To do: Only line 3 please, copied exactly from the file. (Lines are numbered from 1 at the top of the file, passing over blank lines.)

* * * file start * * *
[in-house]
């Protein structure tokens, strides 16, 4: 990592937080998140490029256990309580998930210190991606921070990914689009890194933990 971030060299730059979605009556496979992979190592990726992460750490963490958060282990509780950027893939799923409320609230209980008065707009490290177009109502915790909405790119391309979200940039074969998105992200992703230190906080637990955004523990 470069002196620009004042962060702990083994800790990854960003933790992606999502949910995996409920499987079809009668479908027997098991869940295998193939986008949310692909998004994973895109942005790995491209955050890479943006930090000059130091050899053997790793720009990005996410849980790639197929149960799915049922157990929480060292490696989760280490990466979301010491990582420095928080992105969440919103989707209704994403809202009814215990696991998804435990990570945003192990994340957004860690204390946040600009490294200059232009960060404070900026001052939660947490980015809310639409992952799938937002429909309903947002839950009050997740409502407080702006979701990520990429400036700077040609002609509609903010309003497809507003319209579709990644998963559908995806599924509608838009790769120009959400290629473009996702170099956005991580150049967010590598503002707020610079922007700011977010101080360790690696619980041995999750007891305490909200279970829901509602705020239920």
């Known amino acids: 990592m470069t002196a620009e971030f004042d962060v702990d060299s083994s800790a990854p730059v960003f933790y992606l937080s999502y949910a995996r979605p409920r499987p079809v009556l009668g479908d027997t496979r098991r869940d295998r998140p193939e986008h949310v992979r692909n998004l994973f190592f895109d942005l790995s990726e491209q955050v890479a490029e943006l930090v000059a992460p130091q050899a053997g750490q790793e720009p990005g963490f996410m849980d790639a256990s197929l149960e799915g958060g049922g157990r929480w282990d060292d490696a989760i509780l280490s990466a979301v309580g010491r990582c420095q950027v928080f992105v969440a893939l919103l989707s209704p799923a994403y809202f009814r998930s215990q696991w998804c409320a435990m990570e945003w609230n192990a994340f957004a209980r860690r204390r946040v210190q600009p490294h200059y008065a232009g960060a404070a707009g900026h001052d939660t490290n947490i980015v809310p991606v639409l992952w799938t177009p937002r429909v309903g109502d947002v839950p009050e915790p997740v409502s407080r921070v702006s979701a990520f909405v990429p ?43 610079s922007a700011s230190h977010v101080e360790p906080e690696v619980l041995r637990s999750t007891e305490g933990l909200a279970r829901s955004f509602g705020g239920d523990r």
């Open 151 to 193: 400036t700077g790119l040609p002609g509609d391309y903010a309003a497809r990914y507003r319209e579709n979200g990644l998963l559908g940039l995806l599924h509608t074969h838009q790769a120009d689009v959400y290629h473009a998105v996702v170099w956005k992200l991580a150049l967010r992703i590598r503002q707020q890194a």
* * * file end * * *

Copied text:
């Known amino acids: 990592m470069t002196a620009e971030f004042d962060v702990d060299s083994s800790a990854p730059v960003f933790y992606l937080s999502y949910a995996r979605p409920r499987p079809v009556l009668g479908d027997t496979r098991r869940d295998r998140p193939e986008h949310v992979r692909n998004l994973f190592f895109d942005l790995s990726e491209q955050v890479a490029e943006l930090v000059a992460p130091q050899a053997g750490q790793e720009p990005g963490f996410m849980d790639a256990s197929l149960e799915g958060g049922g157990r929480w282990d060292d490696a989760i509780l280490s990466a979301v309580g010491r990582c420095q950027v928080f992105v969440a893939l919103l989707s209704p799923a994403y809202f009814r998930s215990q696991w998804c409320a435990m990570e945003w609230n192990a994340f957004a209980r860690r204390r946040v210190q600009p490294h200059y008065a232009g960060a404070a707009g900026h001052d939660t490290n947490i980015v809310p991606v639409l992952w799938t177009p937002r429909v309903g109502d947002v839950p009050e915790p997740v409502s407080r921070v702006s979701a990520f909405v990429p ?43 610079s922007a700011s230190h977010v101080e360790p906080e690696v619980l041995r637990s999750t007891e305490g933990l909200a279970r829901s955004f509602g705020g239920d523990r």